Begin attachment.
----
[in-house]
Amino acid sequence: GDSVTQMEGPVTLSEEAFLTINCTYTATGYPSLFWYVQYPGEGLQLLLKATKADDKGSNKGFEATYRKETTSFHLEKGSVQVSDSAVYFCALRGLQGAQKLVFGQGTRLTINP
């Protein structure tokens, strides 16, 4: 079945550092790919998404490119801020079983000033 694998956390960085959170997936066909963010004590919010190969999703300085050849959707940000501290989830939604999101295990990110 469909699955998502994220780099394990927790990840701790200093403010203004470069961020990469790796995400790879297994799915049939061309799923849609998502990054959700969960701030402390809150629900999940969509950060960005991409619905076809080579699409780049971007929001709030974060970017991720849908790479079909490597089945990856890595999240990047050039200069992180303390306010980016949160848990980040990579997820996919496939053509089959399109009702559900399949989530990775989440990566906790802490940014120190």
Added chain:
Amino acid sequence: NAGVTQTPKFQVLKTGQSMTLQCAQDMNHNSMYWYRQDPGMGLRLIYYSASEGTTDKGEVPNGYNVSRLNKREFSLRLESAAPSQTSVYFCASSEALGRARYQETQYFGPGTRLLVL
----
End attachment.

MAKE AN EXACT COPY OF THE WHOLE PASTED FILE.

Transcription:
[in-house]
Amino acid sequence: GDSVTQMEGPVTLSEEAFLTINCTYTATGYPSLFWYVQYPGEGLQLLLKATKADDKGSNKGFEATYRKETTSFHLEKGSVQVSDSAVYFCALRGLQGAQKLVFGQGTRLTINP
């Protein structure tokens, strides 16, 4: 079945550092790919998404490119801020079983000033 694998956390960085959170997936066909963010004590919010190969999703300085050849959707940000501290989830939604999101295990990110 469909699955998502994220780099394990927790990840701790200093403010203004470069961020990469790796995400790879297994799915049939061309799923849609998502990054959700969960701030402390809150629900999940969509950060960005991409619905076809080579699409780049971007929001709030974060970017991720849908790479079909490597089945990856890595999240990047050039200069992180303390306010980016949160848990980040990579997820996919496939053509089959399109009702559900399949989530990775989440990566906790802490940014120190």
Added chain:
Amino acid sequence: NAGVTQTPKFQVLKTGQSMTLQCAQDMNHNSMYWYRQDPGMGLRLIYYSASEGTTDKGEVPNGYNVSRLNKREFSLRLESAAPSQTSVYFCASSEALGRARYQETQYFGPGTRLLVL